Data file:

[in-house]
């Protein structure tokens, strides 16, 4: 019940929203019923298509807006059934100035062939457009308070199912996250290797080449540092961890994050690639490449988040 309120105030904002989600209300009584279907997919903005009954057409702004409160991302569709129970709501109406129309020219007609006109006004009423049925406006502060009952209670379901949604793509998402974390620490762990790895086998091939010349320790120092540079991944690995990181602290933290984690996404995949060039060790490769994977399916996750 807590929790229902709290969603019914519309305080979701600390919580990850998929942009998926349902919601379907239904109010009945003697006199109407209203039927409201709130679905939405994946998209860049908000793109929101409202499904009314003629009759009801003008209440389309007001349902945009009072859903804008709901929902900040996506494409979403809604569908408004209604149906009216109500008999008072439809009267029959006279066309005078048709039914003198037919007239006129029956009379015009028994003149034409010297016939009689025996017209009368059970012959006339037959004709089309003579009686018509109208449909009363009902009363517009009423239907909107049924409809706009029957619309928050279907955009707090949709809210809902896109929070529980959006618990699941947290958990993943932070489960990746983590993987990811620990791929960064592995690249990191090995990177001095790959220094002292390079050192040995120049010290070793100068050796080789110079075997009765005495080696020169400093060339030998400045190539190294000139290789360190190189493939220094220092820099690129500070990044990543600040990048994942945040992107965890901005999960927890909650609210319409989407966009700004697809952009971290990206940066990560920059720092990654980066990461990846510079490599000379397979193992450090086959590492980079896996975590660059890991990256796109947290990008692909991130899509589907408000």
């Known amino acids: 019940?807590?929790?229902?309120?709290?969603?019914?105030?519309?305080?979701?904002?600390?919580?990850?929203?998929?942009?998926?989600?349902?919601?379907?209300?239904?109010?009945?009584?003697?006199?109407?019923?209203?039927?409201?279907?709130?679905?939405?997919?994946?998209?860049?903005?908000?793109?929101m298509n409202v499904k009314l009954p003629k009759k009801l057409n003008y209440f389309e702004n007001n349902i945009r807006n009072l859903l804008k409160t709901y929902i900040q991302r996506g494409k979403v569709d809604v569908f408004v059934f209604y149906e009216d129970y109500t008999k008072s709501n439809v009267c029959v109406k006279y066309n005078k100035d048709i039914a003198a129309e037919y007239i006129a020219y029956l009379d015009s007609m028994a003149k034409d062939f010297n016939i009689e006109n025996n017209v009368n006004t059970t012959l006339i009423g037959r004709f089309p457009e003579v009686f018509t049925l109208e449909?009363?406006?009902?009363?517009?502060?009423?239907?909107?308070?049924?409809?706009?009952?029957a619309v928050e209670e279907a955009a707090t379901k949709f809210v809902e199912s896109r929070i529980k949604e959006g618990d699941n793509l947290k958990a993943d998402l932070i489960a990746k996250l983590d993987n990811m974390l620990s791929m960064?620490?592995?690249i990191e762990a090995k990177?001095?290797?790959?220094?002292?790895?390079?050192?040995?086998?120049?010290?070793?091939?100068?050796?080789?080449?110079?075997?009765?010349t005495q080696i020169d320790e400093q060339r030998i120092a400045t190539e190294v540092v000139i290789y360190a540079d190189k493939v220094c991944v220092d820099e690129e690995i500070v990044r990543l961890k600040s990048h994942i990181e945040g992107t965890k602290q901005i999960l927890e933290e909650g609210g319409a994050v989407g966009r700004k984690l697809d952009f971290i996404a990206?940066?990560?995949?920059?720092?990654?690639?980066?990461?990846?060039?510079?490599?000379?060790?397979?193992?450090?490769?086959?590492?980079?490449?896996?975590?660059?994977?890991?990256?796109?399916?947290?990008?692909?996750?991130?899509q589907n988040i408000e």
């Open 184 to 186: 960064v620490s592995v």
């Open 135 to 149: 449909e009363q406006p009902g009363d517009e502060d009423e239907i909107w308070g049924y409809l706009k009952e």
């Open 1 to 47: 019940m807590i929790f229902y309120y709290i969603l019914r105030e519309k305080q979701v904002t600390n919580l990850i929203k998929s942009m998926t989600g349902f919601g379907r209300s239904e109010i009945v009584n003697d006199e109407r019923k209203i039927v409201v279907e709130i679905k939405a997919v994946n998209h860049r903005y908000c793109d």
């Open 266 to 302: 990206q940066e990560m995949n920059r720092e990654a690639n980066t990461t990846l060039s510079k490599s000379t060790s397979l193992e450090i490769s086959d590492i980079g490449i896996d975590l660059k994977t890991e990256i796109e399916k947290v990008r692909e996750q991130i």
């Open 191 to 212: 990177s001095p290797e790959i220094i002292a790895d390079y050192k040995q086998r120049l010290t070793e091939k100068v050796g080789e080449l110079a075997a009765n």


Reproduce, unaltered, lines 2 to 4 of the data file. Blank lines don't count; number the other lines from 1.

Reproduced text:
């Protein structure tokens, strides 16, 4: 019940929203019923298509807006059934100035062939457009308070199912996250290797080449540092961890994050690639490449988040 309120105030904002989600209300009584279907997919903005009954057409702004409160991302569709129970709501109406129309020219007609006109006004009423049925406006502060009952209670379901949604793509998402974390620490762990790895086998091939010349320790120092540079991944690995990181602290933290984690996404995949060039060790490769994977399916996750 807590929790229902709290969603019914519309305080979701600390919580990850998929942009998926349902919601379907239904109010009945003697006199109407209203039927409201709130679905939405994946998209860049908000793109929101409202499904009314003629009759009801003008209440389309007001349902945009009072859903804008709901929902900040996506494409979403809604569908408004209604149906009216109500008999008072439809009267029959006279066309005078048709039914003198037919007239006129029956009379015009028994003149034409010297016939009689025996017209009368059970012959006339037959004709089309003579009686018509109208449909009363009902009363517009009423239907909107049924409809706009029957619309928050279907955009707090949709809210809902896109929070529980959006618990699941947290958990993943932070489960990746983590993987990811620990791929960064592995690249990191090995990177001095790959220094002292390079050192040995120049010290070793100068050796080789110079075997009765005495080696020169400093060339030998400045190539190294000139290789360190190189493939220094220092820099690129500070990044990543600040990048994942945040992107965890901005999960927890909650609210319409989407966009700004697809952009971290990206940066990560920059720092990654980066990461990846510079490599000379397979193992450090086959590492980079896996975590660059890991990256796109947290990008692909991130899509589907408000």
């Known amino acids: 019940?807590?929790?229902?309120?709290?969603?019914?105030?519309?305080?979701?904002?600390?919580?990850?929203?998929?942009?998926?989600?349902?919601?379907?209300?239904?109010?009945?009584?003697?006199?109407?019923?209203?039927?409201?279907?709130?679905?939405?997919?994946?998209?860049?903005?908000?793109?929101m298509n409202v499904k009314l009954p003629k009759k009801l057409n003008y209440f389309e702004n007001n349902i945009r807006n009072l859903l804008k409160t709901y929902i900040q991302r996506g494409k979403v569709d809604v569908f408004v059934f209604y149906e009216d129970y109500t008999k008072s709501n439809v009267c029959v109406k006279y066309n005078k100035d048709i039914a003198a129309e037919y007239i006129a020219y029956l009379d015009s007609m028994a003149k034409d062939f010297n016939i009689e006109n025996n017209v009368n006004t059970t012959l006339i009423g037959r004709f089309p457009e003579v009686f018509t049925l109208e449909?009363?406006?009902?009363?517009?502060?009423?239907?909107?308070?049924?409809?706009?009952?029957a619309v928050e209670e279907a955009a707090t379901k949709f809210v809902e199912s896109r929070i529980k949604e959006g618990d699941n793509l947290k958990a993943d998402l932070i489960a990746k996250l983590d993987n990811m974390l620990s791929m960064?620490?592995?690249i990191e762990a090995k990177?001095?290797?790959?220094?002292?790895?390079?050192?040995?086998?120049?010290?070793?091939?100068?050796?080789?080449?110079?075997?009765?010349t005495q080696i020169d320790e400093q060339r030998i120092a400045t190539e190294v540092v000139i290789y360190a540079d190189k493939v220094c991944v220092d820099e690129e690995i500070v990044r990543l961890k600040s990048h994942i990181e945040g992107t965890k602290q901005i999960l927890e933290e909650g609210g319409a994050v989407g966009r700004k984690l697809d952009f971290i996404a990206?940066?990560?995949?920059?720092?990654?690639?980066?990461?990846?060039?510079?490599?000379?060790?397979?193992?450090?490769?086959?590492?980079?490449?896996?975590?660059?994977?890991?990256?796109?399916?947290?990008?692909?996750?991130?899509q589907n988040i408000e």
């Open 184 to 186: 960064v620490s592995v």